Gillman depicts this fully functional world of women with no men for support in order to make one strong sweeping statement; not only can women survive in a world without their male counterparts but can also thrive upon it. Her work is reminiscent of a person deeply engaged in thoughts pertaining to the inner workings of society. Her references are direct and easy to interpret. The narration embodies gender education putting the sex that is generally regarded as the weaker sex square into the limelight.
She deems women to be equal to men in all aspects and is suggestive of them performing even better than men in similar surroundings. The utopian picture she depicts is immediately recognizable as enforcing a stigma against women which renders them a strict spot in society, to serve men and abide by their rules. Through Herland, Gillman urges the women to step out into other fields and shrug these rules away as their capabilities are not simply restricted to the husband. According to her, women can regulate the society better with their distinct set of characteristics of tolerance and love-for-peace in order to result in a vegetarian society, free of war and prejudice.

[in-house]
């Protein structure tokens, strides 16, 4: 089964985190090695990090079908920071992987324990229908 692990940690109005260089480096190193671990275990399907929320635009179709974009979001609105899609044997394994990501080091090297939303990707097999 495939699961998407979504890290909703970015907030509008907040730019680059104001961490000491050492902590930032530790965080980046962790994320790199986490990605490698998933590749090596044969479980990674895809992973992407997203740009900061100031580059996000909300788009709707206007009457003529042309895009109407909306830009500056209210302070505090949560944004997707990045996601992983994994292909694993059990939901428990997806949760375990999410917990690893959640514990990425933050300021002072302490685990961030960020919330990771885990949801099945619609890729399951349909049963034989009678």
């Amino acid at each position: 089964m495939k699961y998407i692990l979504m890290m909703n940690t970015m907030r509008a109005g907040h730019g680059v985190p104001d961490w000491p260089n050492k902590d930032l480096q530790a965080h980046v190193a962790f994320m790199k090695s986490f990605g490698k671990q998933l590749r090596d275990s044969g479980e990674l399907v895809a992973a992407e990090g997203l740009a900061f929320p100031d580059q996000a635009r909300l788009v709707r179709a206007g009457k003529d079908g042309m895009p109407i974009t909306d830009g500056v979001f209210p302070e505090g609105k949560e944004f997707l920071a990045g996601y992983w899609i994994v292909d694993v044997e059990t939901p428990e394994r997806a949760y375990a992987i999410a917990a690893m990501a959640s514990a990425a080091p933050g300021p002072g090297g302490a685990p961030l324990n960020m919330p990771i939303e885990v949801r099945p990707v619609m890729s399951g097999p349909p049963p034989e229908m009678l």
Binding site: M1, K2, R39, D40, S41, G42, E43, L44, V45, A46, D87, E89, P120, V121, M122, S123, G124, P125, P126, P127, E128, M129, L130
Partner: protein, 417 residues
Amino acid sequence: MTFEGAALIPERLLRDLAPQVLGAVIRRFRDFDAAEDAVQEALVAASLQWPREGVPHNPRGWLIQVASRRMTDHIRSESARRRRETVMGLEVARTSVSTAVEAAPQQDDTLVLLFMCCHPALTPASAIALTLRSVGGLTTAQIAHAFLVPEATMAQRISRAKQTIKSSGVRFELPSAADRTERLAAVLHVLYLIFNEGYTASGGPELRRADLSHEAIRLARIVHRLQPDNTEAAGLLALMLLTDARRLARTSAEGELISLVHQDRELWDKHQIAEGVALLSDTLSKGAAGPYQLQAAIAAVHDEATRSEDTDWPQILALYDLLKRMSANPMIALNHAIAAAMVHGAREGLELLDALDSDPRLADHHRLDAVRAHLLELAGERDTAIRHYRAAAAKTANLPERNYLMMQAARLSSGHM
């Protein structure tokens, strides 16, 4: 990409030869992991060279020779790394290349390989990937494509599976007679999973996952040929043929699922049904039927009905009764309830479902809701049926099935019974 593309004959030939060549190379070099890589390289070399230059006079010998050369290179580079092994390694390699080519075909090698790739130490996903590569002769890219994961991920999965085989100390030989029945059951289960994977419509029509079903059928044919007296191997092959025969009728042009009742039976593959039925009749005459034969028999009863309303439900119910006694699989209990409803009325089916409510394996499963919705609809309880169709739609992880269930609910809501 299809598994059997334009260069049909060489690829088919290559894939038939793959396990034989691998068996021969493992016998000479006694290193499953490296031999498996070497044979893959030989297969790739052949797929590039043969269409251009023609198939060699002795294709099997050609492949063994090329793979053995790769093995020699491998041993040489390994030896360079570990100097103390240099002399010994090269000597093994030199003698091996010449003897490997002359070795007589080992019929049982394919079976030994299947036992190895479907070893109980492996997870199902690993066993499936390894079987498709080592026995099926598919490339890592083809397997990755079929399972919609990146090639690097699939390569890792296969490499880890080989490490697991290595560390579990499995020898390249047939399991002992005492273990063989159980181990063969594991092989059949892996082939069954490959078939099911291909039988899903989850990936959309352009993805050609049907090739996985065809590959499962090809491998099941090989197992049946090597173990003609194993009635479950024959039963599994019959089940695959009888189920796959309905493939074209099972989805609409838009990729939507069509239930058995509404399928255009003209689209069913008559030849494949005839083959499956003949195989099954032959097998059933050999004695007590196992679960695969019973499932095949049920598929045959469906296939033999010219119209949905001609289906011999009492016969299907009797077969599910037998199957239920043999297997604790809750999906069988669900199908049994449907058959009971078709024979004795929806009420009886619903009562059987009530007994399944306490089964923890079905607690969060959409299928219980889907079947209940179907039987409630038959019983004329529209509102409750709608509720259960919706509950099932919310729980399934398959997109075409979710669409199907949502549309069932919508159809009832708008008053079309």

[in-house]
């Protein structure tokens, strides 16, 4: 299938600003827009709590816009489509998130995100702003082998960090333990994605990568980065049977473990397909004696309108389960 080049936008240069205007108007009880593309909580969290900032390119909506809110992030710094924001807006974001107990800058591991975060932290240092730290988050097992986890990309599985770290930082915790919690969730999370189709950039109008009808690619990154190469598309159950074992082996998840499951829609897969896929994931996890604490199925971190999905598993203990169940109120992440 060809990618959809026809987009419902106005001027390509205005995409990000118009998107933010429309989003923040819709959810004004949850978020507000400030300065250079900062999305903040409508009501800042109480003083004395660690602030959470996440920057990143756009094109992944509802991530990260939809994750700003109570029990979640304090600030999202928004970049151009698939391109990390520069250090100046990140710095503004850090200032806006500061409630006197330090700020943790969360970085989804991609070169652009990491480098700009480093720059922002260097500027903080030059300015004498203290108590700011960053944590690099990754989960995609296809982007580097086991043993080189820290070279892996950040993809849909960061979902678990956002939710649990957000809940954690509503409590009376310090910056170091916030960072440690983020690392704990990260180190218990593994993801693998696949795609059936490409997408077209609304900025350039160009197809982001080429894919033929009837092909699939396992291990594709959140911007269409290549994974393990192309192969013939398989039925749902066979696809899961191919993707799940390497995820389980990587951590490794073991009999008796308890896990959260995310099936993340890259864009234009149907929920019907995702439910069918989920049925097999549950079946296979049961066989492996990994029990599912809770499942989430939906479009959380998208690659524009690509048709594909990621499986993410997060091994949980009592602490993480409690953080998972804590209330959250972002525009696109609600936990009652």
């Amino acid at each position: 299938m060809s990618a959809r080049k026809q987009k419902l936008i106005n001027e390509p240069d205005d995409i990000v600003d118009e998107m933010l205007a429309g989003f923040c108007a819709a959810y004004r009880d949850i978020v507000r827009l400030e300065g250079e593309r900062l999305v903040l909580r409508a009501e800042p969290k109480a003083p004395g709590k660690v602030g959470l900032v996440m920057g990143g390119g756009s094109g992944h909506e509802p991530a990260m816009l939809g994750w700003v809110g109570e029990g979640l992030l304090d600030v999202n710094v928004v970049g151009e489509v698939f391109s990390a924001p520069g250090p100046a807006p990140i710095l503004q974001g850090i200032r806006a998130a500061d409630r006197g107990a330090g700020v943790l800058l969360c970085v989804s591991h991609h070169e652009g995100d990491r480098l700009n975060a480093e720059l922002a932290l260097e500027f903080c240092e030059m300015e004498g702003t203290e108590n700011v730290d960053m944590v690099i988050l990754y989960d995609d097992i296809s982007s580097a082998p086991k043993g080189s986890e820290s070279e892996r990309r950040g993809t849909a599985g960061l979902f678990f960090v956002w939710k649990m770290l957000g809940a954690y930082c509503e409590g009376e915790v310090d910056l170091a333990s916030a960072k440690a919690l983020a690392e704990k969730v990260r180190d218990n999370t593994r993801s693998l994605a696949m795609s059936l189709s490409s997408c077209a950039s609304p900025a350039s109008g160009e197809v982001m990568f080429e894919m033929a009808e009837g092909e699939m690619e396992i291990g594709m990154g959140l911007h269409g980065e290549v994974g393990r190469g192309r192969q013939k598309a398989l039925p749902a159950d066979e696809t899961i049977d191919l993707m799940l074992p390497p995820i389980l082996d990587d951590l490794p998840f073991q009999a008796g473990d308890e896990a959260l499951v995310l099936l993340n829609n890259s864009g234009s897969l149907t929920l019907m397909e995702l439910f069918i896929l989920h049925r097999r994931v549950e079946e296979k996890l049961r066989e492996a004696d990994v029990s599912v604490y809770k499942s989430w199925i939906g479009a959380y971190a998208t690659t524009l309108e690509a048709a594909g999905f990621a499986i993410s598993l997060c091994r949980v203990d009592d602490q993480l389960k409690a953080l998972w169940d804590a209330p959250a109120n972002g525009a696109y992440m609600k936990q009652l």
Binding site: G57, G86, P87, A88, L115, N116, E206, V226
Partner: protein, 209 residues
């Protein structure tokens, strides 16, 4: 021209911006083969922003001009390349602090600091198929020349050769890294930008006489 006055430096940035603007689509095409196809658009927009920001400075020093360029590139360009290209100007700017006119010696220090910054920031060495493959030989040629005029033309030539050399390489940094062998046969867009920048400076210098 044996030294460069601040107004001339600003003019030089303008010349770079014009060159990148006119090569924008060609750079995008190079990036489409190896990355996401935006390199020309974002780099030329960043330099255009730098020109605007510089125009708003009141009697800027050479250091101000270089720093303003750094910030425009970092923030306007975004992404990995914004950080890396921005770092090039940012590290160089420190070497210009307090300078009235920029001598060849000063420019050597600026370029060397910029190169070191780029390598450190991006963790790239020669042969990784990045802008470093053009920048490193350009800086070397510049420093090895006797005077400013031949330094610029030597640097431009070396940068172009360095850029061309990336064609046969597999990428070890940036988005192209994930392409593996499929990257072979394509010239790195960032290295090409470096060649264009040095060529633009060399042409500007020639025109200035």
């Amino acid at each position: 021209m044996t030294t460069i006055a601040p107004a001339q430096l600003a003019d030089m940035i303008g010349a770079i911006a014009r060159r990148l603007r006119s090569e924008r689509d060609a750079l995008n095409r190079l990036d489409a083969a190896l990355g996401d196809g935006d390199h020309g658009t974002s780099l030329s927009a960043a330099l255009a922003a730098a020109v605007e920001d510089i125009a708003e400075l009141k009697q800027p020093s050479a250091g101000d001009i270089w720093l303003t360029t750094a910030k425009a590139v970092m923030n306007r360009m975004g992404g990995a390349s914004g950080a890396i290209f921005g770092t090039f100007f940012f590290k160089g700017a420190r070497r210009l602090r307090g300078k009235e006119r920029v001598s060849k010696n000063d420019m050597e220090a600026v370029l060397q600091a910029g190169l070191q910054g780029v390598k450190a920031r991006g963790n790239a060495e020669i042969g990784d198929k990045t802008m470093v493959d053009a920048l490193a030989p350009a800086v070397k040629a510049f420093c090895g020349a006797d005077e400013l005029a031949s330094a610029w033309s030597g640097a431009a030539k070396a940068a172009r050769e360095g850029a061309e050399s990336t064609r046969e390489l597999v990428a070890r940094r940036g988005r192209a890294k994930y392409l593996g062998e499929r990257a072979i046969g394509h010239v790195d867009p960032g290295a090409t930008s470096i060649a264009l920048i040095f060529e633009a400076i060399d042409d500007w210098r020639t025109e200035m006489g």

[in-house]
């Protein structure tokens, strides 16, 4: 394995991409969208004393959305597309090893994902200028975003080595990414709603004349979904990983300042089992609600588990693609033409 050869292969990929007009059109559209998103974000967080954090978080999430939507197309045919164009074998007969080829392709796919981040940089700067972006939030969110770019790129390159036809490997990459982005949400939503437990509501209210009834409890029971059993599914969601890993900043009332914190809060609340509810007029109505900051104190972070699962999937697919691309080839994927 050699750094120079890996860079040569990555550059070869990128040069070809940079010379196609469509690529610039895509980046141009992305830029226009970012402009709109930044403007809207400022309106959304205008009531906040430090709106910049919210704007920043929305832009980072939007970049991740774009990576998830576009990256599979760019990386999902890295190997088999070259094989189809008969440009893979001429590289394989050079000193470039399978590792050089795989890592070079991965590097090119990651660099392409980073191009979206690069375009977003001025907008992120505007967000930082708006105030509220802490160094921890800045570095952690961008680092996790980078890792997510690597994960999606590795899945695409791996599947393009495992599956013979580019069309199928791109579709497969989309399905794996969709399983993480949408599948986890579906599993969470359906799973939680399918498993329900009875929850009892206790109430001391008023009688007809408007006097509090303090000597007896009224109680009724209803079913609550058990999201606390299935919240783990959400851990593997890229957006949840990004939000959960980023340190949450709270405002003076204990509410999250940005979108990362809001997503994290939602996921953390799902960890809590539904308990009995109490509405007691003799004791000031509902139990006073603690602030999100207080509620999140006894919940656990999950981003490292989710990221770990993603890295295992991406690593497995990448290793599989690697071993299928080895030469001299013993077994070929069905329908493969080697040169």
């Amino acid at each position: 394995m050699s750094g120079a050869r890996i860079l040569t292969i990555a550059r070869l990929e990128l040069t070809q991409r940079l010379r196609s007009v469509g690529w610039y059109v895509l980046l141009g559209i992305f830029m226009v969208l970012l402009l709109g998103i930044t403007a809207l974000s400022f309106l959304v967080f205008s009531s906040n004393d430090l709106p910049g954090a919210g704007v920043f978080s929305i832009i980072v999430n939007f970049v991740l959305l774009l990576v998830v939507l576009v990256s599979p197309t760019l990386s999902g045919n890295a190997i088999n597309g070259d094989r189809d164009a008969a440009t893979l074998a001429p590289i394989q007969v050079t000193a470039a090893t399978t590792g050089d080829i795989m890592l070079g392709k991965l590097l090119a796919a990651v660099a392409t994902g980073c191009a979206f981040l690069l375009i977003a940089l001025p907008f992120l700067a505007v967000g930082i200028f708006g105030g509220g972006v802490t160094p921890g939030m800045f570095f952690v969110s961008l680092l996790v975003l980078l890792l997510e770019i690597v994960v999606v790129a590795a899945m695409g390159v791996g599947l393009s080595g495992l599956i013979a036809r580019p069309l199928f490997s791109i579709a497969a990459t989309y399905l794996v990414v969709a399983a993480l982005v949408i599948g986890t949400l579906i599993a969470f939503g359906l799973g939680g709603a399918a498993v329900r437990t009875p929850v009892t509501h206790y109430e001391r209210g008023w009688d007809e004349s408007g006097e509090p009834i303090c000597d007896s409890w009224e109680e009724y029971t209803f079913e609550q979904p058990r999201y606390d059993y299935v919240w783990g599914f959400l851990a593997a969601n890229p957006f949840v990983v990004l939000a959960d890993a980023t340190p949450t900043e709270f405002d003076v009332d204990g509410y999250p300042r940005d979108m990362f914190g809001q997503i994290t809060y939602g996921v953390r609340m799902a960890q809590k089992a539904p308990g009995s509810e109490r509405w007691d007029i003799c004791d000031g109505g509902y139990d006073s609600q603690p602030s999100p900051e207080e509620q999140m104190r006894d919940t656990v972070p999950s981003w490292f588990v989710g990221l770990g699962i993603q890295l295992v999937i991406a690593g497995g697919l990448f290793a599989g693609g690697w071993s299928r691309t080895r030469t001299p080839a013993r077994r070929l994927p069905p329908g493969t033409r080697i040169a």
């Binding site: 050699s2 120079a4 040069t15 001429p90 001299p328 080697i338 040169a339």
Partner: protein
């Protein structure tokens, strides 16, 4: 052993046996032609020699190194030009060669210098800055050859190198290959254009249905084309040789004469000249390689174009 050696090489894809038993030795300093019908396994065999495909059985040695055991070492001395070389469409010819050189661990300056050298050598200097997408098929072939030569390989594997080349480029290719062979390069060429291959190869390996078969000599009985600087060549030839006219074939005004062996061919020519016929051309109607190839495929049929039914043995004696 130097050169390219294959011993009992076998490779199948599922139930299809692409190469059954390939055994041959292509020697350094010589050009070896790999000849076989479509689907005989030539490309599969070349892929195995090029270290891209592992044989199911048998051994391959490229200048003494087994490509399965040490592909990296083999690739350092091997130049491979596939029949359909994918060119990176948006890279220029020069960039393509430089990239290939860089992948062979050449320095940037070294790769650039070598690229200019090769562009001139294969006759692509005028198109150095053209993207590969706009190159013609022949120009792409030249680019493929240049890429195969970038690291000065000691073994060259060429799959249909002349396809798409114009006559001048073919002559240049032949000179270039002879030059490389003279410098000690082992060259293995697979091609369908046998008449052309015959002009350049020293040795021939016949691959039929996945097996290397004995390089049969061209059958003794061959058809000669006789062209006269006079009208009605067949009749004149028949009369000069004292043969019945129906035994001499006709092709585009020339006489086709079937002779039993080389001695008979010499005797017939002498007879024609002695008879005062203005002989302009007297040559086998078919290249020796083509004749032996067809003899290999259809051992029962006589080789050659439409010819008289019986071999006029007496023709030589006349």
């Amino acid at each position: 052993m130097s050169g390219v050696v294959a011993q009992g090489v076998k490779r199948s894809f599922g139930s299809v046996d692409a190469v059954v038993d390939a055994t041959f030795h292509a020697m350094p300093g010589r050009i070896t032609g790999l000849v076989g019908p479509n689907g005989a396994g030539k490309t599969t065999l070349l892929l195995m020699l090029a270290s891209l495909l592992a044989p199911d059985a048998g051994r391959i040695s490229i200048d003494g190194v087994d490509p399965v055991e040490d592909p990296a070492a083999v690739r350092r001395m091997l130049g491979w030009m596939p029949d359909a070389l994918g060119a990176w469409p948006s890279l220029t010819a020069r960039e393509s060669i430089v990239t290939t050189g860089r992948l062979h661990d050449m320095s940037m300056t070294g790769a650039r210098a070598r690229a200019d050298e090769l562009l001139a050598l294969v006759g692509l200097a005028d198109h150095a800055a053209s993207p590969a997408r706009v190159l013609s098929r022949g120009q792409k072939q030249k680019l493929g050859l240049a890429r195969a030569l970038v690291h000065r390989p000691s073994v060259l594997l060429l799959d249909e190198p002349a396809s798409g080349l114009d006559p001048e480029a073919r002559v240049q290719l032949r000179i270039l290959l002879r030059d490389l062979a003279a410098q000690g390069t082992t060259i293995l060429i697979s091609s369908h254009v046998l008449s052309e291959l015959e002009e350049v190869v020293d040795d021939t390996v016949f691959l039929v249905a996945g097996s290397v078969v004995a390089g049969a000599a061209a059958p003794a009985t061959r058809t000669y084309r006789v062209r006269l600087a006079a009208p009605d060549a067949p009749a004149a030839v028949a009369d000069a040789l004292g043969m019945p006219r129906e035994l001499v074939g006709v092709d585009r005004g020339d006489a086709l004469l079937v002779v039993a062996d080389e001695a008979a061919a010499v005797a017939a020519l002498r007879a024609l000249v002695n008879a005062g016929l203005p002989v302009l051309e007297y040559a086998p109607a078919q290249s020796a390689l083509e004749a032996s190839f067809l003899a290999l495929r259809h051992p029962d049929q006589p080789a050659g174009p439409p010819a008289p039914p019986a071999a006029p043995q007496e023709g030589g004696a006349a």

Van, from whose perspective the story is being narrated, takes a keen interest in the seemingly divine way the women reproduce. It is the one real hindrance to a society devised completely of women. In the case of Herland, the women reproduce through a process known as parthenogenesis that is akin to asexual reproduction. The process of becoming pregnant on their own accorded to this reproductive genetics renders them incapable of producing male children and hence, the land only comprises girls. This quality trumps their need of men completely furthering the rather patronizing tone of the whole society. Be that as it may, the three men are so fascinated by the perfect environment that they end up offering to marry three of the women. The women accept this invitation to naturalize their environment with male influences to which they can resort to for insemination. This alleviates the patronizing tone a little so as to continue upon the two-sex norms the societies of the rest of the world are used to. The fact that the women agreed to natural impregnation at the hands of these three men serves to show how important maternity and motherhood is to them. Moreover, Gillman portrays the very act of parthenogenesis as the sole goal for each female member, further solidifying their strict priorities to family life.
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